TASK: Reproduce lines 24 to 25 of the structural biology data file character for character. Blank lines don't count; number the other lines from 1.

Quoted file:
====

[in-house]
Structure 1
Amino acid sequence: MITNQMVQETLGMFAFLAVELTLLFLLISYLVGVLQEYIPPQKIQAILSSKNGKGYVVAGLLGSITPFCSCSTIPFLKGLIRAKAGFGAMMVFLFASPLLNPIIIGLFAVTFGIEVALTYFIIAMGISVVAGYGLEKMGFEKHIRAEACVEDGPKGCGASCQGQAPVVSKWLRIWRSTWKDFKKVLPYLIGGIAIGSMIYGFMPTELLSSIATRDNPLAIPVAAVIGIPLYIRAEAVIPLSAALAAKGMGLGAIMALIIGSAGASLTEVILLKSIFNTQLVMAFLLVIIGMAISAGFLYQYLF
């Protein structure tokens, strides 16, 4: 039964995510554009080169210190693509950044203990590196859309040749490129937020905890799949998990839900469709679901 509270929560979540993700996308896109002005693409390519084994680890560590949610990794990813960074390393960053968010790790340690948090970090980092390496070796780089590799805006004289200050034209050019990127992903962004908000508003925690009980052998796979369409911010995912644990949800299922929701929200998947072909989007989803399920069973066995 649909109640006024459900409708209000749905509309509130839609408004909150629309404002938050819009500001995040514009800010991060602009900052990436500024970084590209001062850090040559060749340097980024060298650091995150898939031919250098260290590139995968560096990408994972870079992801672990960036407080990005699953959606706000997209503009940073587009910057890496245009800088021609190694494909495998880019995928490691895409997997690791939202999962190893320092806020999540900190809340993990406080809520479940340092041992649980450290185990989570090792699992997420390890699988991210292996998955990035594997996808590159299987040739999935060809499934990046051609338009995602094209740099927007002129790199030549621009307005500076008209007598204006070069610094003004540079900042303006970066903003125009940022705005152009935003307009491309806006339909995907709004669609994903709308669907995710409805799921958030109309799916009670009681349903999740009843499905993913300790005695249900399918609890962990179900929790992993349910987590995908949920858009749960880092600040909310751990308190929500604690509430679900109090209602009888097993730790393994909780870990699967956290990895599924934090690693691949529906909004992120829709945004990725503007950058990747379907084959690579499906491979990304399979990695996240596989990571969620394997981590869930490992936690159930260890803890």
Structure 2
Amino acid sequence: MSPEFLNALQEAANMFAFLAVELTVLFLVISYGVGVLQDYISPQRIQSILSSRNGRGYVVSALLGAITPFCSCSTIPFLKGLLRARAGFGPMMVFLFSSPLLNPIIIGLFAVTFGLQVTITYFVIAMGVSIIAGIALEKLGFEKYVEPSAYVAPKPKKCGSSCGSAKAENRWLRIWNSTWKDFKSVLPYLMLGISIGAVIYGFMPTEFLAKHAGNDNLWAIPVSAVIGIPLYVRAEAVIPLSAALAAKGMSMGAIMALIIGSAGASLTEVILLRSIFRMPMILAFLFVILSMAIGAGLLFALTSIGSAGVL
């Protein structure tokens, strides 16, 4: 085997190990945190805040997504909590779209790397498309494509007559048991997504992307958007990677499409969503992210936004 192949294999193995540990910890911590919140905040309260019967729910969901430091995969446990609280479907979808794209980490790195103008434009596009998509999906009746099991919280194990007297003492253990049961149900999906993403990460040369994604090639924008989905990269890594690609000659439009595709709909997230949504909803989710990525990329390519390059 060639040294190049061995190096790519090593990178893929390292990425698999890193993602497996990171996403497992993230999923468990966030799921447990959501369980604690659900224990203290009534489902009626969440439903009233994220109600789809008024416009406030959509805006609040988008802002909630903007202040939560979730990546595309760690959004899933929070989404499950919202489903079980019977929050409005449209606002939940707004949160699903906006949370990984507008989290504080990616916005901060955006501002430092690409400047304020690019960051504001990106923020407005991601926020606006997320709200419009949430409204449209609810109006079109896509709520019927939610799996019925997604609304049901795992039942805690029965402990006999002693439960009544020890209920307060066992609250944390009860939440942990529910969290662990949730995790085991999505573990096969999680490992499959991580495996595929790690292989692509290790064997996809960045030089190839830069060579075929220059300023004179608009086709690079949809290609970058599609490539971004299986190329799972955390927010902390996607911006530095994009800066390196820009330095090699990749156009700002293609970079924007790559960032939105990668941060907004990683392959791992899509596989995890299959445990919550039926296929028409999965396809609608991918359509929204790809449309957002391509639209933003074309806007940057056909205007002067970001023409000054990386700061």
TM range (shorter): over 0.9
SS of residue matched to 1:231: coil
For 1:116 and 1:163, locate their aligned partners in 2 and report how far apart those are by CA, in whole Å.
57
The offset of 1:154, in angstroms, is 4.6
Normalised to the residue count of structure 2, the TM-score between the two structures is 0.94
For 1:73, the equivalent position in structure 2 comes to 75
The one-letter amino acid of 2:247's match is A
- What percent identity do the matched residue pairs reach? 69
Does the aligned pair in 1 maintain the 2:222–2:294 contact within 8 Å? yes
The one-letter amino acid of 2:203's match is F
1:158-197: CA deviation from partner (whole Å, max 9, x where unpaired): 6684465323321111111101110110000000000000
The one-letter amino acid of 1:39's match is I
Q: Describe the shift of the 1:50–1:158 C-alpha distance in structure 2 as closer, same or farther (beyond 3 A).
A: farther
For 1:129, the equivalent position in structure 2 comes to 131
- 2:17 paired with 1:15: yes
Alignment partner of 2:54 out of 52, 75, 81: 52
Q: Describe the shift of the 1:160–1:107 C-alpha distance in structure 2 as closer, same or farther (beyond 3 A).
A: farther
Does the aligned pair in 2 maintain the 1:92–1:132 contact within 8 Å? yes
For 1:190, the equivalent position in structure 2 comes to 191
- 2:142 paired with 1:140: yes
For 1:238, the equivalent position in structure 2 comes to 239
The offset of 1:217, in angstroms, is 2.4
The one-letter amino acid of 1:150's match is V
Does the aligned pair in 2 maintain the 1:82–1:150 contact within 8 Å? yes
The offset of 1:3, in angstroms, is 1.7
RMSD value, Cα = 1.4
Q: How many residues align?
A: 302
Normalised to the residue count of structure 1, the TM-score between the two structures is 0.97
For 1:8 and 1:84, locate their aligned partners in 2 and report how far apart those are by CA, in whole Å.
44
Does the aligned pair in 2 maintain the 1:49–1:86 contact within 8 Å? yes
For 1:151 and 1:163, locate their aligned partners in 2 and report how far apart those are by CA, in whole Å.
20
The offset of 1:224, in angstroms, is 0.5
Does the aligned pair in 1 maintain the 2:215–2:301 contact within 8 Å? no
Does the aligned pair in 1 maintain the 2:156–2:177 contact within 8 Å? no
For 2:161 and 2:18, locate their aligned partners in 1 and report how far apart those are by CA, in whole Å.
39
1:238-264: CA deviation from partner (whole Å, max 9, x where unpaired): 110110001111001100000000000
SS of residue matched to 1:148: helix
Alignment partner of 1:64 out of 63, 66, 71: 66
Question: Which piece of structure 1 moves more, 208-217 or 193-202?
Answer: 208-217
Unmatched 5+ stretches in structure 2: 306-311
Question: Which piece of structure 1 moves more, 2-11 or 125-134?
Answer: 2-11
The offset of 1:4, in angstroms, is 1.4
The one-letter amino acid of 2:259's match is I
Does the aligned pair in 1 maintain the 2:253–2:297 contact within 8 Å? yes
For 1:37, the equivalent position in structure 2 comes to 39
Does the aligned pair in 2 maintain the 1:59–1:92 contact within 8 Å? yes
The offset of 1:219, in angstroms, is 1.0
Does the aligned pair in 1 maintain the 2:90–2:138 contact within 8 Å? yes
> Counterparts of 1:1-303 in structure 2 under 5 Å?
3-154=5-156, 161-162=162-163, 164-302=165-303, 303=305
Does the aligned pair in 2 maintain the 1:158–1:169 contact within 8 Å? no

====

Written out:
- 2:17 paired with 1:15: yes
Alignment partner of 2:54 out of 52, 75, 81: 52